James Nelson has now been 20 months sober, after almost taking his own life while battling addiction.
The 45-year-old Red Deerian’s battle with addiction began 20 years ago when he was working in the oilpatch, he explained during Red Deer Recovery Day, which celebrates and raises awareness about recovery from addiction.
“I made a lot of money and had a lot of money to burn,” Nelson said.
“I grew up in a home of alcoholism. … That environment – the broken home – contributed to poor thinking, poor judgement and a desire to find relief from the demons in my mind.”
Nelson began using cocaine when he would go out to the bars in Red Deer.
“I started using that sporadically at first and to a greater degree as my life went on. My drug use got to a point where it started to feed the guilt, shame and remorse that I had felt growing up. It started to become something I was terribly ashamed of and it started destroying my life, paycheque to paycheque,” he said.
“The more that my drug use continued, the more of my life it started to swallow up. It got to the point where it was a day-to-day struggle just trying to stay high.
“I lost the ability to responsibly work and eventually I was at a point where I wanted it to go away. I wanted to stop using for 15 years of my 20-year addiction. I just didn’t know how I was going to do it. I was too ashamed to admit to people that I was an addict and I was struggling.”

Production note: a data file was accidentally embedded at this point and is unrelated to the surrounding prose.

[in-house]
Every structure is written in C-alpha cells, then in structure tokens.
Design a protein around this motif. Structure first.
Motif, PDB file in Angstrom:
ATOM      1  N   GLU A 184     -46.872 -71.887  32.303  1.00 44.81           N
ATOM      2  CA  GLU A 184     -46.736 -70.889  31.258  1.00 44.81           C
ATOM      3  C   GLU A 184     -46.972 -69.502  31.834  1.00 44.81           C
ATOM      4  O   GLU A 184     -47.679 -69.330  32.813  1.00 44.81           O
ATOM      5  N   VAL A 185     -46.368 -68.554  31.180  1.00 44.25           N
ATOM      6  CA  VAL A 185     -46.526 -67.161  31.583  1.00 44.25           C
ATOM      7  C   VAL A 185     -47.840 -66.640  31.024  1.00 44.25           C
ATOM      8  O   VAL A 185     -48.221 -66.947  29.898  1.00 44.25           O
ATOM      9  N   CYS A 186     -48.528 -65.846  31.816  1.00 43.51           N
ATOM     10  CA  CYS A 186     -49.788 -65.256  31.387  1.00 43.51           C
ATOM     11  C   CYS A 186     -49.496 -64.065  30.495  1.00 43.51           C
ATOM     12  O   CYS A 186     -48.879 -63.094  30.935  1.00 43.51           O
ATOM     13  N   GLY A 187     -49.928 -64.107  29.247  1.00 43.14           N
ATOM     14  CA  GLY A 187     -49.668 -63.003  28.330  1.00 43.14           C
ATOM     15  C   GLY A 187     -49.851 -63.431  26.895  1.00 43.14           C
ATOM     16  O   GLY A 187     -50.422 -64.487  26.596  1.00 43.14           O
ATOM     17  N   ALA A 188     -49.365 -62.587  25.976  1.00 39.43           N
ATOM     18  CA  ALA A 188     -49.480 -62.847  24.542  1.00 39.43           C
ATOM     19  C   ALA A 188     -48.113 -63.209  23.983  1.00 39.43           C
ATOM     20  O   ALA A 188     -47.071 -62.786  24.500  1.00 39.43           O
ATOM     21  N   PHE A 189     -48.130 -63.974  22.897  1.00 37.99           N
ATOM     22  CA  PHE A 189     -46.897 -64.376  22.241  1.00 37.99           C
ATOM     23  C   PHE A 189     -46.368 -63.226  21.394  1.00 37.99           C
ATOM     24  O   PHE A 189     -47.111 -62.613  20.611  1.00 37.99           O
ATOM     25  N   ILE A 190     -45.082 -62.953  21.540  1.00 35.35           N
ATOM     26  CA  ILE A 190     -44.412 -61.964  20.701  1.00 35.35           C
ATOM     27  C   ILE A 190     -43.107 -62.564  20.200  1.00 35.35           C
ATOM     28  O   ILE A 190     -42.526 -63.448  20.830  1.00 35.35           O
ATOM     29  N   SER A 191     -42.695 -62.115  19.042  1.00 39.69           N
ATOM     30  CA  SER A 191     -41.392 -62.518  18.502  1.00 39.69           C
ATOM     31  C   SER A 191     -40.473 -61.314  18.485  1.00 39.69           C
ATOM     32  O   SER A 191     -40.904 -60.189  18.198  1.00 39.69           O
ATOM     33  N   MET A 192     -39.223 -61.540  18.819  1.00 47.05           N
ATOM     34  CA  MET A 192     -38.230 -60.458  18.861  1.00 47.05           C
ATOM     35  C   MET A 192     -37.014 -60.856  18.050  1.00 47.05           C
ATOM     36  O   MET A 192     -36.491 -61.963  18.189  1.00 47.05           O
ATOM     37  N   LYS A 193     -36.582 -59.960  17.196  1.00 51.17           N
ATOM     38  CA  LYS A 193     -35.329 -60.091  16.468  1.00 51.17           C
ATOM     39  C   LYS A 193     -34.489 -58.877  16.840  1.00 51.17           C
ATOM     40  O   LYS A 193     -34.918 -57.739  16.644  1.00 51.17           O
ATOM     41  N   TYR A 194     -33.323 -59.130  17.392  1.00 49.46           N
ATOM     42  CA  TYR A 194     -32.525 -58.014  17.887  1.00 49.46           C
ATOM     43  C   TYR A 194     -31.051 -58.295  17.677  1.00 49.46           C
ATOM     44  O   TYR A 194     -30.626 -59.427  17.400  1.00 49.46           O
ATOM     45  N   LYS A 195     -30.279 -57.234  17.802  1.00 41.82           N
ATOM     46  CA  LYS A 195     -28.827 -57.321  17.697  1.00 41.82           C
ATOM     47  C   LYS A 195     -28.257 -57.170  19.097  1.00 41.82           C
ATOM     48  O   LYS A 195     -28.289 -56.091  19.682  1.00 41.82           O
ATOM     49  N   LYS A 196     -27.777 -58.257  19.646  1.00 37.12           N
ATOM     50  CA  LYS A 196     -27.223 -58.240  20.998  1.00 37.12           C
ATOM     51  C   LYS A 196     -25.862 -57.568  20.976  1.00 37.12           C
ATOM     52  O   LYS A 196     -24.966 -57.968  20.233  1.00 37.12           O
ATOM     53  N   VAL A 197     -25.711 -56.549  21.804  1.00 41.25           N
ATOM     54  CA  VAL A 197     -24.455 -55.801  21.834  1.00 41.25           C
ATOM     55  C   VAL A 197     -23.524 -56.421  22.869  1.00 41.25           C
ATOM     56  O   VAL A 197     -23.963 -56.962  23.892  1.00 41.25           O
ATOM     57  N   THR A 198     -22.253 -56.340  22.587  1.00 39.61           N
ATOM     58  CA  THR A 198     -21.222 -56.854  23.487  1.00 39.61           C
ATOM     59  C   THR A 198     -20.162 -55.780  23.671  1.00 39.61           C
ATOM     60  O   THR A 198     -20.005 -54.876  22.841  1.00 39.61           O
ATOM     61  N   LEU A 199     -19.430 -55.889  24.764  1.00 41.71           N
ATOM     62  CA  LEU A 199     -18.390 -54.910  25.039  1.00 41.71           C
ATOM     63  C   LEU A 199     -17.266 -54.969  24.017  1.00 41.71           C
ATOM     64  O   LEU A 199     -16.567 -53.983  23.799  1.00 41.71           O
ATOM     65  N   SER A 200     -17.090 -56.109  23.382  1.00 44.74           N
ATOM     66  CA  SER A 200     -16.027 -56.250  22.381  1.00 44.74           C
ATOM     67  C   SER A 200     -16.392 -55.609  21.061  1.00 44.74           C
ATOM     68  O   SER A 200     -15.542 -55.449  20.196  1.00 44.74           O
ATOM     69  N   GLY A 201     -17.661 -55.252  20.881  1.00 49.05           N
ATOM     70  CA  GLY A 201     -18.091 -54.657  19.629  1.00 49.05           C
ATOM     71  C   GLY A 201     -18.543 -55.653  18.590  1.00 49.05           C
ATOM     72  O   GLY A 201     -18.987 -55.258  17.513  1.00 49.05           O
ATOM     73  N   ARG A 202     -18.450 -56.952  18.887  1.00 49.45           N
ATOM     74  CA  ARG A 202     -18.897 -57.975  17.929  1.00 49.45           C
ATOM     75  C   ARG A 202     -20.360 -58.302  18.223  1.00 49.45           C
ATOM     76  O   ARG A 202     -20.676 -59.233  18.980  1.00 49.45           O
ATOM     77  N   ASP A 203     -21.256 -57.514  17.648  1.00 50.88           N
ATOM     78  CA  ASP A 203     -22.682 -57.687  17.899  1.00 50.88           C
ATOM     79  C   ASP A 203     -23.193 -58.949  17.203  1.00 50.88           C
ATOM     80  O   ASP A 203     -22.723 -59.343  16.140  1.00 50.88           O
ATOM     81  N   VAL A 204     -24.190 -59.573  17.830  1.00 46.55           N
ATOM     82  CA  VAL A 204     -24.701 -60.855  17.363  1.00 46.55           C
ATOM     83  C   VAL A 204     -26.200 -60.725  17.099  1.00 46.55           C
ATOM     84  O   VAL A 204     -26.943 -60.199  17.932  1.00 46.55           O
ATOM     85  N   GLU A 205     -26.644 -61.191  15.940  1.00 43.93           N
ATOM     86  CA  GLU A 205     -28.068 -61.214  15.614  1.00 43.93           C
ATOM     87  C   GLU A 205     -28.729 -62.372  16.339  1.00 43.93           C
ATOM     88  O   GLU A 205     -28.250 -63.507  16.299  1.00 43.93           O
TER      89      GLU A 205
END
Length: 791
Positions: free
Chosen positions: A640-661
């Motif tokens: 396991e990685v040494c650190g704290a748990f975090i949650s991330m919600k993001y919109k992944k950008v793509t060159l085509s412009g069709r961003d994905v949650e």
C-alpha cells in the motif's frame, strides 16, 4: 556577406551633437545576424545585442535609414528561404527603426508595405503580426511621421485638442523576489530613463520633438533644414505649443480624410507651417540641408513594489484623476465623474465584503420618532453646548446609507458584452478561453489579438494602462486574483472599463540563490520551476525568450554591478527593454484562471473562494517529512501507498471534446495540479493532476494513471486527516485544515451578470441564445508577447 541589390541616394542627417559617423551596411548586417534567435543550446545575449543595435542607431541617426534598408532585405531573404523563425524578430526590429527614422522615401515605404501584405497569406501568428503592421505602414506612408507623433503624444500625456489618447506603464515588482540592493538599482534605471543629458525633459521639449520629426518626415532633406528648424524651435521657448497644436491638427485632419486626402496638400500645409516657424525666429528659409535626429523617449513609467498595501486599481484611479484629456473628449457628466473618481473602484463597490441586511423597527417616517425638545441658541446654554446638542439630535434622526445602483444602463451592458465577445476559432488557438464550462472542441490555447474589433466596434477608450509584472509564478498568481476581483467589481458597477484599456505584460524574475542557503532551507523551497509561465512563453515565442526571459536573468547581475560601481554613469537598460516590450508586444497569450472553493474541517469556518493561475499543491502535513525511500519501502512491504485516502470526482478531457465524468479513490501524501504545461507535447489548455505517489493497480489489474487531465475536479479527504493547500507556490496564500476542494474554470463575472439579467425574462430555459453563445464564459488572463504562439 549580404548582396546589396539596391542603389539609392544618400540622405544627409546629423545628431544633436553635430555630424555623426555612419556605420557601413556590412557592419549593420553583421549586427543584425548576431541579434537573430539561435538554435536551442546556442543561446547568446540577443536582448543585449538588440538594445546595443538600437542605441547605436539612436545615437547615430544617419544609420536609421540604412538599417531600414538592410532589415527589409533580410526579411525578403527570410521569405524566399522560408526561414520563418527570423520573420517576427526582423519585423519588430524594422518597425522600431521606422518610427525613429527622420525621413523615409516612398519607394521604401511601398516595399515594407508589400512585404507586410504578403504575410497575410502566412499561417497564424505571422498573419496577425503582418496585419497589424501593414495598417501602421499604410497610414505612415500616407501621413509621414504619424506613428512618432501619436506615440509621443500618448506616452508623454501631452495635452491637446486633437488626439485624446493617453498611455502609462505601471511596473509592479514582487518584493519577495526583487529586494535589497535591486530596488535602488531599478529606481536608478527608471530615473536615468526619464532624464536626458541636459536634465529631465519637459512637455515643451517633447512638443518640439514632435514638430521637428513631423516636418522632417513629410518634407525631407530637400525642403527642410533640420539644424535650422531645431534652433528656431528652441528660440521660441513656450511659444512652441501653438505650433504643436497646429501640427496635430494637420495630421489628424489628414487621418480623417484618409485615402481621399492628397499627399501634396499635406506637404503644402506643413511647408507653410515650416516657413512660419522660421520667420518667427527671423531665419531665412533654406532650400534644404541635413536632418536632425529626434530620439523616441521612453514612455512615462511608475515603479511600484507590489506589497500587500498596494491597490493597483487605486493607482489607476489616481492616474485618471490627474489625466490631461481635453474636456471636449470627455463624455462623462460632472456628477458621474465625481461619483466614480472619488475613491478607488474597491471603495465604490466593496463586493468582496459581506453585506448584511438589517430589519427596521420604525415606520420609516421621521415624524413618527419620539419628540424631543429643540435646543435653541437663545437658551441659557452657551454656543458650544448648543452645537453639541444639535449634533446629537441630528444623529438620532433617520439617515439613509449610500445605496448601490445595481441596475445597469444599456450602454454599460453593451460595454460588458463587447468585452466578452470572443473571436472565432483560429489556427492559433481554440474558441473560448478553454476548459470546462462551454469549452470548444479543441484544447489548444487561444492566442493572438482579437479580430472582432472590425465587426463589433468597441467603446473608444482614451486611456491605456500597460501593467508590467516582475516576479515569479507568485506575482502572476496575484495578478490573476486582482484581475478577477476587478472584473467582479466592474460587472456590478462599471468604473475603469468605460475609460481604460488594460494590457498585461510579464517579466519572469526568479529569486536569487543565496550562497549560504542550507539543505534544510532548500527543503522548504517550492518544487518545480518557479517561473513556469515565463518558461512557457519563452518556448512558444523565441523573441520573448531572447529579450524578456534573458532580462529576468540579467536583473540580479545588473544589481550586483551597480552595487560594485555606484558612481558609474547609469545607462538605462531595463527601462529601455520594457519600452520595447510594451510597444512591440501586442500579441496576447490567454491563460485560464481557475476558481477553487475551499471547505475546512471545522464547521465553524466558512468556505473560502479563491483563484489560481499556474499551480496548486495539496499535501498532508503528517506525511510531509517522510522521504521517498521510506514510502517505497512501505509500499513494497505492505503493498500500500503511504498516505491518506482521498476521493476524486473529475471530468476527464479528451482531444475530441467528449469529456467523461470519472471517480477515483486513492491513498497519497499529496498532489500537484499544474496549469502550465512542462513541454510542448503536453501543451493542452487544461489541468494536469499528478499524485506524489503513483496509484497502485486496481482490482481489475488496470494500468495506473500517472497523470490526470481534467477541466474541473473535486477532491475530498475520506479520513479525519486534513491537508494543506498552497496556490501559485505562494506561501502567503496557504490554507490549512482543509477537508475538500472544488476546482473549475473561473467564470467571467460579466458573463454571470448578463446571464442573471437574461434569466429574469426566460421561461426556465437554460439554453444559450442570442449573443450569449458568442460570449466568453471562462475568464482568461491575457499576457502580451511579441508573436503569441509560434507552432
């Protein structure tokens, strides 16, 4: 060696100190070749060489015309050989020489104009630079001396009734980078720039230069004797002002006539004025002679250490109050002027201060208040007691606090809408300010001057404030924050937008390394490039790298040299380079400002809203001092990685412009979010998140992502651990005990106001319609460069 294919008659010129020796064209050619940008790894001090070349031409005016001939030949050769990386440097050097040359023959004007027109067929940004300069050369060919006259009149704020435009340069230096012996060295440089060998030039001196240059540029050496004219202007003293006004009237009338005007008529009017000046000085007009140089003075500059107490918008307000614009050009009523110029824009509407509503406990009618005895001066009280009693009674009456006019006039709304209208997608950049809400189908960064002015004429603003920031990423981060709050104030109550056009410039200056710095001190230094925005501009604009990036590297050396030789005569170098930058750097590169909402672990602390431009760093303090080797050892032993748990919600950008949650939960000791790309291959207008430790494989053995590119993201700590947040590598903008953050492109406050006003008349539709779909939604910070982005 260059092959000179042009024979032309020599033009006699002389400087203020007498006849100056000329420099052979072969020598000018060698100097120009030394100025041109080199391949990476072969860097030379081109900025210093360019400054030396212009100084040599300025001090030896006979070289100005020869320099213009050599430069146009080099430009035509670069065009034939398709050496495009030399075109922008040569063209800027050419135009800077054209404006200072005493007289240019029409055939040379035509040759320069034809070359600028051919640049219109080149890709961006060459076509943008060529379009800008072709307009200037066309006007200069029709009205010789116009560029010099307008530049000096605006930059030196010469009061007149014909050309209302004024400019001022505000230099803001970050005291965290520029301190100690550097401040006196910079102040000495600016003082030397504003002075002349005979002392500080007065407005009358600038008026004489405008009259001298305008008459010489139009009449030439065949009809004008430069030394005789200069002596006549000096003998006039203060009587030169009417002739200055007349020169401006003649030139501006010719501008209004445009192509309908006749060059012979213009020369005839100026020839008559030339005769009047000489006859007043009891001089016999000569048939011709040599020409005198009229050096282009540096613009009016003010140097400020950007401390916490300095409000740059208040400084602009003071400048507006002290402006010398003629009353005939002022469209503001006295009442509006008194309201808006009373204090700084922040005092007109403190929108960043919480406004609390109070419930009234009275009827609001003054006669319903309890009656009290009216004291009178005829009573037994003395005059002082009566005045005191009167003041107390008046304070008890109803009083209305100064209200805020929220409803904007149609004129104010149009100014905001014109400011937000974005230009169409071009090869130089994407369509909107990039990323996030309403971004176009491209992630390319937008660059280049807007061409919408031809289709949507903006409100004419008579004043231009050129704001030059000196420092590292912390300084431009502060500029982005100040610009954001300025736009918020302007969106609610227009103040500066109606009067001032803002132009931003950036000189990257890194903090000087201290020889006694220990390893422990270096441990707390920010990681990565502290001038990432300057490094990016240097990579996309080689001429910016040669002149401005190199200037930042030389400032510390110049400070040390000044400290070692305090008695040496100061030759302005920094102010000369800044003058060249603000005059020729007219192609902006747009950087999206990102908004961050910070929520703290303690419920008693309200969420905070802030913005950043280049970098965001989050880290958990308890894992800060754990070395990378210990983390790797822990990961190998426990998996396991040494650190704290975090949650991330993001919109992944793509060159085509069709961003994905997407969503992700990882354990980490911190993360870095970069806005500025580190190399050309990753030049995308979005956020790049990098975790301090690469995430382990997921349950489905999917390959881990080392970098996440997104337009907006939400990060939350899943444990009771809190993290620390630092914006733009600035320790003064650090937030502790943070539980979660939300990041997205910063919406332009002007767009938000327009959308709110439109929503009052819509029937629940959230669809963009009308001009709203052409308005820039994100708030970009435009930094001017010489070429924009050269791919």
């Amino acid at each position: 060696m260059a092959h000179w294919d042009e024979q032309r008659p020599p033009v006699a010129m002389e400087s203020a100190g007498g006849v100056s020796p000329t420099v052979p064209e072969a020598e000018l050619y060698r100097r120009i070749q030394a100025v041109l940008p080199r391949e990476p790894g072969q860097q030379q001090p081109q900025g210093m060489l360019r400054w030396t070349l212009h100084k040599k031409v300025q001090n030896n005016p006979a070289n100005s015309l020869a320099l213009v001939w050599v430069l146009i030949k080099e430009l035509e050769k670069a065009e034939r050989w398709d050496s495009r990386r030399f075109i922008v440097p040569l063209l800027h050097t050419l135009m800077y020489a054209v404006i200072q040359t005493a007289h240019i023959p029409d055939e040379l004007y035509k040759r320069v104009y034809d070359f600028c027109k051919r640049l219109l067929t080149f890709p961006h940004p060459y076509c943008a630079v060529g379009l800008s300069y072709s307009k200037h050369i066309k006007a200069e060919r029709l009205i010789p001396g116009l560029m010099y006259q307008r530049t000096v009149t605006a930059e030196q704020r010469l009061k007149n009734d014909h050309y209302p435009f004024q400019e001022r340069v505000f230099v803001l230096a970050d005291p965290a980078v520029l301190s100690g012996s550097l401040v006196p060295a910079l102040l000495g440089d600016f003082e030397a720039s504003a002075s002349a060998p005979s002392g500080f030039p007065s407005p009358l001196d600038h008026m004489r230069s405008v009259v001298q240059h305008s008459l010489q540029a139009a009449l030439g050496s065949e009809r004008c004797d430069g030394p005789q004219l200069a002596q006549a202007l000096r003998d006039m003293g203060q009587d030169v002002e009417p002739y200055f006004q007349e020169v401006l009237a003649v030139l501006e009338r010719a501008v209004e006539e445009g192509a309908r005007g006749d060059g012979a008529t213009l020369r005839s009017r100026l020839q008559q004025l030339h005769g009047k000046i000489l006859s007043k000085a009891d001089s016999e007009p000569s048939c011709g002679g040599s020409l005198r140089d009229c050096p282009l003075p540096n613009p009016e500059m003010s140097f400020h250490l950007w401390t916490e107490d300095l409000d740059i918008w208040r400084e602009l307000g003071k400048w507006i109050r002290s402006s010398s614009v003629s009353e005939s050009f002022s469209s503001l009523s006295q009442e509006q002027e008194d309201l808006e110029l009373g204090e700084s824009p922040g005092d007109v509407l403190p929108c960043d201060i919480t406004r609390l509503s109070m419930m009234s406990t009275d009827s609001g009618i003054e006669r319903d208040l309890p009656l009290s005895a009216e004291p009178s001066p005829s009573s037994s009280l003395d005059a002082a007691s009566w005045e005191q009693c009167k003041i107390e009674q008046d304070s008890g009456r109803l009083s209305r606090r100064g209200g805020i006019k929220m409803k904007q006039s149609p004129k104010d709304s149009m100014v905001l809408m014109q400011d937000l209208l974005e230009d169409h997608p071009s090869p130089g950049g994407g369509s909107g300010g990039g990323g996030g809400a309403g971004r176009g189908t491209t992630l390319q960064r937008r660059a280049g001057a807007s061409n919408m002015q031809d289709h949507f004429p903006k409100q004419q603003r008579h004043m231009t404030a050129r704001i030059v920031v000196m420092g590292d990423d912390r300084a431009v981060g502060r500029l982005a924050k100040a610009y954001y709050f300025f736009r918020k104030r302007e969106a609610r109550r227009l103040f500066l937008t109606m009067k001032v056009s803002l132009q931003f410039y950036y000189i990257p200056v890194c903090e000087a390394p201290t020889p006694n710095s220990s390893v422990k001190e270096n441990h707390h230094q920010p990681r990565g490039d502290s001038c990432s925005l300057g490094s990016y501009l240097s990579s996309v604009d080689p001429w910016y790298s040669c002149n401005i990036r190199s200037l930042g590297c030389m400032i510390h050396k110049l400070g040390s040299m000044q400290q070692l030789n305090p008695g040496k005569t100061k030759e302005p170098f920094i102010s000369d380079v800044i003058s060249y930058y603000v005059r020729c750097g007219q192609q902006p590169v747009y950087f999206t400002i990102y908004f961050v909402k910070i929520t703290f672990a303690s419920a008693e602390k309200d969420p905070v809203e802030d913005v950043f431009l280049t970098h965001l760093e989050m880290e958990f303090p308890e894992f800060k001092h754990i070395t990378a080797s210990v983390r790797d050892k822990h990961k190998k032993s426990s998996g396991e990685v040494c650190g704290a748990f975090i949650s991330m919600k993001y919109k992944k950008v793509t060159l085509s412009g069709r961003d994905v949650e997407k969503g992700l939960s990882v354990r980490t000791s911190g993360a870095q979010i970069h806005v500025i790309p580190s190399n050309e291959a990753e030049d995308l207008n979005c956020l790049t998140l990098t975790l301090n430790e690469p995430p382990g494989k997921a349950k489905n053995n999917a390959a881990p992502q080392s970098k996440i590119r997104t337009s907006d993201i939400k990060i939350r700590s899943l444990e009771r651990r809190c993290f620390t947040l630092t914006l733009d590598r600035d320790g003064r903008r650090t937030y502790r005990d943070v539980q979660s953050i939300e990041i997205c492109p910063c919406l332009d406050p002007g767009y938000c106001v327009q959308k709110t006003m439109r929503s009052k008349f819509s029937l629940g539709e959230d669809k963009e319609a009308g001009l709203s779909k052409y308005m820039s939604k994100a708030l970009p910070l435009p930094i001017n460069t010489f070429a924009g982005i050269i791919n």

Nelson said he tried to find a way out of his addiction, eventually getting to the point where he believed his only way out was death.
“Thank God that I didn’t die from that addiction, that day I tried to take my life. I came to realize after the attempt that I didn’t want to die, I want to live,” he said.
“I did the hardest thing I’ve ever done in my life – I reached out for help. I was brought to a recovery meeting. I started to attend and put my best effort into listening to the advice of people who have found relief from their addiction and applying those principles to my life.”
The COVID-19 pandemic began during his first year of recovery. Even though he was struggling financially, it was the “happiest year” of his adult life.
“Financially it was the worst, emotionally it was the most difficult, but spiritually it was the most freeing,” he said.
This year’s Red Deer Recovery Day was held at City Hall Park Saturday afternoon. In addition to multiple speakers sharing their own stories, a number of local organizations that support those battling addictions had booths set up during the event.
Krista Black, event organizer, said it’s important to reduce the stigma around addictions so “people aren’t ashamed to come out” and ask for help.
“There are barriers people face when they have to change their lives to try to get better, such as wait lines to get into treatment or a fear of being judged when coming out and saying they have a problem. That keeps them from getting the help they need,” said Black.
“I think it’s important to unite and show people they aren’t alone. If we’ve done it, they can do it. We brought together all the resources available in the community that can help them.”
For more information, visit www.facebook.com/recoverydayreddeer.